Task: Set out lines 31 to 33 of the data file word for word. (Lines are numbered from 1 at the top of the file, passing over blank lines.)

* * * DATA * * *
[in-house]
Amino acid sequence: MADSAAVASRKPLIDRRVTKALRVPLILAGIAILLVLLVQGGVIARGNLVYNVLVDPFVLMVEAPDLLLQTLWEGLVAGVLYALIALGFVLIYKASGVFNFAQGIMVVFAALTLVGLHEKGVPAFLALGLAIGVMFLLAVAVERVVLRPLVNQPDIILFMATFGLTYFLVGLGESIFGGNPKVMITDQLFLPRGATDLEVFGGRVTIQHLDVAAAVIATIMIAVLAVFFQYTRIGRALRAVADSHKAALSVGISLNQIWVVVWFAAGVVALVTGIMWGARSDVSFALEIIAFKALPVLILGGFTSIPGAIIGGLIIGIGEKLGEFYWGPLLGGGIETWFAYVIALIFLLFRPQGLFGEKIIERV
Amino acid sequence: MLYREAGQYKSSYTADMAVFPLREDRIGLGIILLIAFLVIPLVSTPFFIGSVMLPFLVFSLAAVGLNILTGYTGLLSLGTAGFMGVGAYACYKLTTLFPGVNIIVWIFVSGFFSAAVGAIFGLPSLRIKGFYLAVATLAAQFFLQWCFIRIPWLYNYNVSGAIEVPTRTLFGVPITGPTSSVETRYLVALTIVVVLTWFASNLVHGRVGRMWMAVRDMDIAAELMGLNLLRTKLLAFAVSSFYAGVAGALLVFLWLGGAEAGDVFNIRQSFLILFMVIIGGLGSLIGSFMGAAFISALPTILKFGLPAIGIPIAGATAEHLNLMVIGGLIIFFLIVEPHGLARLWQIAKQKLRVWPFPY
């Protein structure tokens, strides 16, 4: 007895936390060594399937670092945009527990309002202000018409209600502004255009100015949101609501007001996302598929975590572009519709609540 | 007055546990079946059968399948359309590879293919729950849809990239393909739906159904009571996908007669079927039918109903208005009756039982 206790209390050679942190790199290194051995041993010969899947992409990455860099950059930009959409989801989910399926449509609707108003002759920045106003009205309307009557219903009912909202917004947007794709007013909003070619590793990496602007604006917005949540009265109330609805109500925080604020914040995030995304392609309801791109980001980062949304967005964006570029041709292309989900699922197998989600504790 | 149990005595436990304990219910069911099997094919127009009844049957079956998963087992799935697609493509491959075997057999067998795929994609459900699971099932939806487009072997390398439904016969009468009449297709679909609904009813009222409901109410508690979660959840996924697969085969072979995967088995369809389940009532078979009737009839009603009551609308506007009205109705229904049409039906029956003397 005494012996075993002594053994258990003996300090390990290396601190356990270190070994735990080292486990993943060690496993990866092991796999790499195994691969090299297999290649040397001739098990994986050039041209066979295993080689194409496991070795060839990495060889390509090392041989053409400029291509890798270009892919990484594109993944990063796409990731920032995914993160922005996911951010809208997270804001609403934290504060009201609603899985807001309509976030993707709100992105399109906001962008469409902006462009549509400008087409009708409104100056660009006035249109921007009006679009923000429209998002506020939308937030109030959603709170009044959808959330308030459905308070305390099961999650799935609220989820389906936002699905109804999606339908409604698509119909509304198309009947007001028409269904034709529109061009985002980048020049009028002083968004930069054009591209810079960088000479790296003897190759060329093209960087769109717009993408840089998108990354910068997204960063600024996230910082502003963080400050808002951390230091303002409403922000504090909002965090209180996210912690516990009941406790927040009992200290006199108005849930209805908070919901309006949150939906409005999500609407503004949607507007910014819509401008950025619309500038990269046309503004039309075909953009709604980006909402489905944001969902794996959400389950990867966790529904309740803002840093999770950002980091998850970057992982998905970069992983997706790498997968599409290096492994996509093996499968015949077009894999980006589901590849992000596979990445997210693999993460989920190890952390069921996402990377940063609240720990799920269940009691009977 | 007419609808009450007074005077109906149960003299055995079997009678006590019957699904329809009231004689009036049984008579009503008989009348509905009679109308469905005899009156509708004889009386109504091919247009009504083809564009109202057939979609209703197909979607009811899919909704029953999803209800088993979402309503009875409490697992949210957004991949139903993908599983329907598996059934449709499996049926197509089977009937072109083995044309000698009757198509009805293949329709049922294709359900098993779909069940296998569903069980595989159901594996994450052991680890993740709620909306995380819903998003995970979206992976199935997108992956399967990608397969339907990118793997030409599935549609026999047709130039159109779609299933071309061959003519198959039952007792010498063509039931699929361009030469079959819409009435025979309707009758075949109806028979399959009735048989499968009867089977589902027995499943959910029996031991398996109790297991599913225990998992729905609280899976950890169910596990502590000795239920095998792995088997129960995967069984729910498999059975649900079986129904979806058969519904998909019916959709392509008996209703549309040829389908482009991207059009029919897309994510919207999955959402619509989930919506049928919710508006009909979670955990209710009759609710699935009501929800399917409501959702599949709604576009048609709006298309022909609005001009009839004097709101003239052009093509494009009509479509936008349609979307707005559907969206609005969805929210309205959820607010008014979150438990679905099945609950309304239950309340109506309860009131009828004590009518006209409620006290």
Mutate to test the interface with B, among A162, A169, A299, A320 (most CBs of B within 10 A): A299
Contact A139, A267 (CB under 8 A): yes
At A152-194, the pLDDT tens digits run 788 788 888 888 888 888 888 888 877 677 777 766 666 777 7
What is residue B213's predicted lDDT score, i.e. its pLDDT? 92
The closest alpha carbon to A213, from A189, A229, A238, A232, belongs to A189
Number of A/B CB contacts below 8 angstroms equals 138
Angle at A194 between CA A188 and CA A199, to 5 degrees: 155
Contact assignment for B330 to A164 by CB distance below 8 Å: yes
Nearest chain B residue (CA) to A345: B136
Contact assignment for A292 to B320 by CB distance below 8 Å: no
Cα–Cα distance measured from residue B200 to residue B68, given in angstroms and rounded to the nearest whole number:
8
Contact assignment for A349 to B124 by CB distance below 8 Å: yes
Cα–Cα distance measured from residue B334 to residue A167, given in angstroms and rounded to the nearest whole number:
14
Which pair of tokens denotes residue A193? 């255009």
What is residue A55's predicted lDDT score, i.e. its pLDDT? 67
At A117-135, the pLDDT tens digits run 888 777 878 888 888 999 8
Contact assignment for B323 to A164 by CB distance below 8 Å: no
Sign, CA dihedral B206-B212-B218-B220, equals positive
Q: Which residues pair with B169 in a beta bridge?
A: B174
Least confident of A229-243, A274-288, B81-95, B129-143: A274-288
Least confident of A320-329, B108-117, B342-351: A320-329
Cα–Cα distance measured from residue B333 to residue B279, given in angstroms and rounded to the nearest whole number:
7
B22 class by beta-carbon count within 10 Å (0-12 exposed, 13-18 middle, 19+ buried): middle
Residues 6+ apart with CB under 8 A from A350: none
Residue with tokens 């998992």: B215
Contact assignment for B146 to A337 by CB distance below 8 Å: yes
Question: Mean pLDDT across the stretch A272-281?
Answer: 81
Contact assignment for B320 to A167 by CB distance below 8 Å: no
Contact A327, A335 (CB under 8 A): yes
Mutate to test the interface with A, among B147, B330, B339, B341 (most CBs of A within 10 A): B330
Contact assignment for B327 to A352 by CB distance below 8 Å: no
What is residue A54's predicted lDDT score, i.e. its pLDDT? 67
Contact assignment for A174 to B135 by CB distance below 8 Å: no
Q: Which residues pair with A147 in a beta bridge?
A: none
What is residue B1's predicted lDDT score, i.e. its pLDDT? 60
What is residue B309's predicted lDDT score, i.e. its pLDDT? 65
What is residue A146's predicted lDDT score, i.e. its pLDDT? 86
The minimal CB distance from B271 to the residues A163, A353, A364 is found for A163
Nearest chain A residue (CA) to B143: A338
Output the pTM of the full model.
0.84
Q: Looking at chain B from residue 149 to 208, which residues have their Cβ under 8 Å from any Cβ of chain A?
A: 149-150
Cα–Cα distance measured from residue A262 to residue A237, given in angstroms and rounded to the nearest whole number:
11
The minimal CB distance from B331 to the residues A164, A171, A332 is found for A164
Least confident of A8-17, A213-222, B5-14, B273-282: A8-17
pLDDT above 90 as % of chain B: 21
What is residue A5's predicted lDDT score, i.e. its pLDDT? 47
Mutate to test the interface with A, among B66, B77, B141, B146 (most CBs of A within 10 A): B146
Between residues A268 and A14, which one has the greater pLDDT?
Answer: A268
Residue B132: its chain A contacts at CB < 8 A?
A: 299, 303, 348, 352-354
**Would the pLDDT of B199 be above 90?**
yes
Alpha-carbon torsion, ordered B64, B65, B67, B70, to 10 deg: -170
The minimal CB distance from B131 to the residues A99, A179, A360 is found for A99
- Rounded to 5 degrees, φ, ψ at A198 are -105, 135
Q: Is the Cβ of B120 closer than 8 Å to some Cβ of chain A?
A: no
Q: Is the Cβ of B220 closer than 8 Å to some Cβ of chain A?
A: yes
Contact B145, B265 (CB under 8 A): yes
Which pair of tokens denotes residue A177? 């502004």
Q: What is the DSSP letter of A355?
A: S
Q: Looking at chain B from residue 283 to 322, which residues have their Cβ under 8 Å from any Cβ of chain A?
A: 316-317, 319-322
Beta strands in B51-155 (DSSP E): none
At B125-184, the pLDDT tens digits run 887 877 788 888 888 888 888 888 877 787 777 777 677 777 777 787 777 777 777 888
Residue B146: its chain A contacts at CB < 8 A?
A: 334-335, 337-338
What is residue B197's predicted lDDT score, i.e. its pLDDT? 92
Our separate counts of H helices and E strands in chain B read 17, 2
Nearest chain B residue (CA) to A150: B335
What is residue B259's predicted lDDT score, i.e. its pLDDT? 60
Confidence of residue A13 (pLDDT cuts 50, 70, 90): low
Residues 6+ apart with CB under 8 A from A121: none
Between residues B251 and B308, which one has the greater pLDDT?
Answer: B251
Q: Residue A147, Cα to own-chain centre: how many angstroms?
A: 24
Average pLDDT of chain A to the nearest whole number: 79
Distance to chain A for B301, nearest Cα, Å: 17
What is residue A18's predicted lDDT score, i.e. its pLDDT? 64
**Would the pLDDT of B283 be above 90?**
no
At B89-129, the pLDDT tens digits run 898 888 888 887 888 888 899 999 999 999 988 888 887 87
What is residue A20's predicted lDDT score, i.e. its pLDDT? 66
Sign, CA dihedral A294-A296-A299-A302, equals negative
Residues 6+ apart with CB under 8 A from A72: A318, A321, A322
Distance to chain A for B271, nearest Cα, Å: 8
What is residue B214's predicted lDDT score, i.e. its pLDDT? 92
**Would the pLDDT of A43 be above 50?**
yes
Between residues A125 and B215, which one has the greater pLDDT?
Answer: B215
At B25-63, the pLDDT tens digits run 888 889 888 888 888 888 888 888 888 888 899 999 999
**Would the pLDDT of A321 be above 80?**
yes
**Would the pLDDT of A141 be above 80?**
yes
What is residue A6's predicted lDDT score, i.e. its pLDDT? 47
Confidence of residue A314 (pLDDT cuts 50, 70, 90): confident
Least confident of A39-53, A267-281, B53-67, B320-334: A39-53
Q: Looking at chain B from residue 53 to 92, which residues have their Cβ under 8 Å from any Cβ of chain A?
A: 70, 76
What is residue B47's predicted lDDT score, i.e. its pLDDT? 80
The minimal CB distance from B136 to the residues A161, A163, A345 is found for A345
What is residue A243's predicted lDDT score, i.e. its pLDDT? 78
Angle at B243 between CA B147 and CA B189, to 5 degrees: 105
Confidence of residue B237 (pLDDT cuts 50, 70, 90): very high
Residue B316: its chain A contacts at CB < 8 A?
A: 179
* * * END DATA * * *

B22 class by beta-carbon count within 10 Å (0-12 exposed, 13-18 middle, 19+ buried): middle
Residues 6+ apart with CB under 8 A from A350: none
Residue with tokens 């998992």: B215